By Peter Flemming
Special to Brooklyn Daily Eagle
Leaving aside the alleged “milking” of the Long Island College Hospital (LICH) properties by Continuum, and leaving aside whatever support was -- or was not -- provided by SUNY Downstate, and leaving aside whatever hopes SUNY Downstate and/or the state have for cashing in on the fabulous waterfront site of this venerable hospital, the point we must drive home is that it is inexcusable not to maintain at least so much of this fabulous medical facility as we know is serving over 120,000 Brooklynites every year and hundreds of Brooklynites every day (and every night).
Not to do so would be a ludicrous waste of millions and millions of dollars spent building and rebuilding, and equipping and re-equipping this facility to be the state-of-the-art hospital it is.
And would be a senseless insult to all the waterfront and downtown Brooklyn communities whose neighborhood practitioners need LICH for their patients, to say nothing of their patients who need both their practitioners and their hospital.
So far as it is a fact that LICH's patient population does not require the number of beds, floors and staff it was built to serve, let us focus on how those extra floors can most profitably be used. For example, an upscale assisted living facility, housed on the upper floors of LICH, would work perfectly to take advantage of the hospital downstairs, the network of practitioners in our neighborhoods, the Cobble Hill Health Center down the street, and the increasingly affluent residents all across the waterfront and Downtown Brooklyn.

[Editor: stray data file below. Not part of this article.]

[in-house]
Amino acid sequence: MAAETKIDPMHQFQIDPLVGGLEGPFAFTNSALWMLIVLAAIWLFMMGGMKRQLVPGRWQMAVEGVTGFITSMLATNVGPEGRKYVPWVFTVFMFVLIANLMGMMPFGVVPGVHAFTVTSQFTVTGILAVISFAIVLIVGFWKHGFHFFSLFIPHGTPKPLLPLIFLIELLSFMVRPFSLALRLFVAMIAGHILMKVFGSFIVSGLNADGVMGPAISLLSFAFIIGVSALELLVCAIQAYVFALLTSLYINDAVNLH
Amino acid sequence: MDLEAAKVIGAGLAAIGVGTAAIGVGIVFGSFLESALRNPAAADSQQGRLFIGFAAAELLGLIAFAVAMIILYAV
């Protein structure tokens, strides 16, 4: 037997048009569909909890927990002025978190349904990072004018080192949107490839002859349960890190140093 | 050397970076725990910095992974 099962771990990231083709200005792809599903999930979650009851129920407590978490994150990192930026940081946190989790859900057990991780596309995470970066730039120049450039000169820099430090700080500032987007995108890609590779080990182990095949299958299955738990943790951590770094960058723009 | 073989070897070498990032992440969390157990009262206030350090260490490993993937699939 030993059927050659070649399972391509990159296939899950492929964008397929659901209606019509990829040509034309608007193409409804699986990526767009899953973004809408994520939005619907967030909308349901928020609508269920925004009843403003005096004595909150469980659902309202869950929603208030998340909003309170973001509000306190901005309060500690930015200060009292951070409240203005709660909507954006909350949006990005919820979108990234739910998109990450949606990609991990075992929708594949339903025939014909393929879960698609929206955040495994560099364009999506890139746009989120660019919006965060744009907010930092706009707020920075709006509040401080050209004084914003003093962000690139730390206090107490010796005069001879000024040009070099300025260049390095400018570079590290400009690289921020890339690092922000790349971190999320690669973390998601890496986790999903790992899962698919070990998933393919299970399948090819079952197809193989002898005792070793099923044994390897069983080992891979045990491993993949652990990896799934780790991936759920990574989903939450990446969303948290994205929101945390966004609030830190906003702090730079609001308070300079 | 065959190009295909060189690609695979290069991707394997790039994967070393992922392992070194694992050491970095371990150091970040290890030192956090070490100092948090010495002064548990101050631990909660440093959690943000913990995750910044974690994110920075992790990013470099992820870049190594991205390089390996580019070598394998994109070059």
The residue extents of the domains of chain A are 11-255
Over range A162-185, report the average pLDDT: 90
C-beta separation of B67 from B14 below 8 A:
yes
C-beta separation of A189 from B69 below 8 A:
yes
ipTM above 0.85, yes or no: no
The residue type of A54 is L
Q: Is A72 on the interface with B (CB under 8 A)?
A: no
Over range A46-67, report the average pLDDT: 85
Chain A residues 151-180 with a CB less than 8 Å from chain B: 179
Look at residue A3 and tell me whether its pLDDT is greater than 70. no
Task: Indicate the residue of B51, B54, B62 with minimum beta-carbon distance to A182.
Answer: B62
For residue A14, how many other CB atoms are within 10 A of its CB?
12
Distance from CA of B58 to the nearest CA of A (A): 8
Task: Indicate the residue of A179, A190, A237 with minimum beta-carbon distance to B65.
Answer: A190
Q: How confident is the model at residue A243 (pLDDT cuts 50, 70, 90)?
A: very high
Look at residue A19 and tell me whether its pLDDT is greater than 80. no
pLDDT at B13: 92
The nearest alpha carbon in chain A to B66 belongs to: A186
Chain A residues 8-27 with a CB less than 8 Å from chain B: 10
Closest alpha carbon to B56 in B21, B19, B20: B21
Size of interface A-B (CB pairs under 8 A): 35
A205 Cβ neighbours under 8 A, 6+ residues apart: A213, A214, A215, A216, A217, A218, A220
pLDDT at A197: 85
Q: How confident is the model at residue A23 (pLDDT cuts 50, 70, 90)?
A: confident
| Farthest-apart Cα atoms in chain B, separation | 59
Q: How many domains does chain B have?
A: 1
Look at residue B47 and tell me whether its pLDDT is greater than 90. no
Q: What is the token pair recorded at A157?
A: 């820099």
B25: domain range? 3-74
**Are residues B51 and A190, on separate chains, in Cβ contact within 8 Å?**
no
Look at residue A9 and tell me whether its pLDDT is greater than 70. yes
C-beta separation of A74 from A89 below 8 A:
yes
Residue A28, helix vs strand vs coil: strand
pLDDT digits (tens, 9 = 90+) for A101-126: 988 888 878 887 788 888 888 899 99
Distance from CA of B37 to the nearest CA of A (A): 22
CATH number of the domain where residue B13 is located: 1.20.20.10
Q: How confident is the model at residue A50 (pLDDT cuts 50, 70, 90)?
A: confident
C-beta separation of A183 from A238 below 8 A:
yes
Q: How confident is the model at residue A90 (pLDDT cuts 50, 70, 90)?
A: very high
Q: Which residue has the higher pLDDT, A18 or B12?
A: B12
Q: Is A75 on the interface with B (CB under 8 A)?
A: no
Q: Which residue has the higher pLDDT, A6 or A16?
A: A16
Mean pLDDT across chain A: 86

Let us put our minds together to see that LICH is preserved at a size commensurate with its communities' needs, and that whatever is done with its excess capacity returns the maximum revenue to insure its safe survival.
Peter Flemming is a well-known Brooklyn Heights resident and attorney who has been active in civic affairs since the 1970s..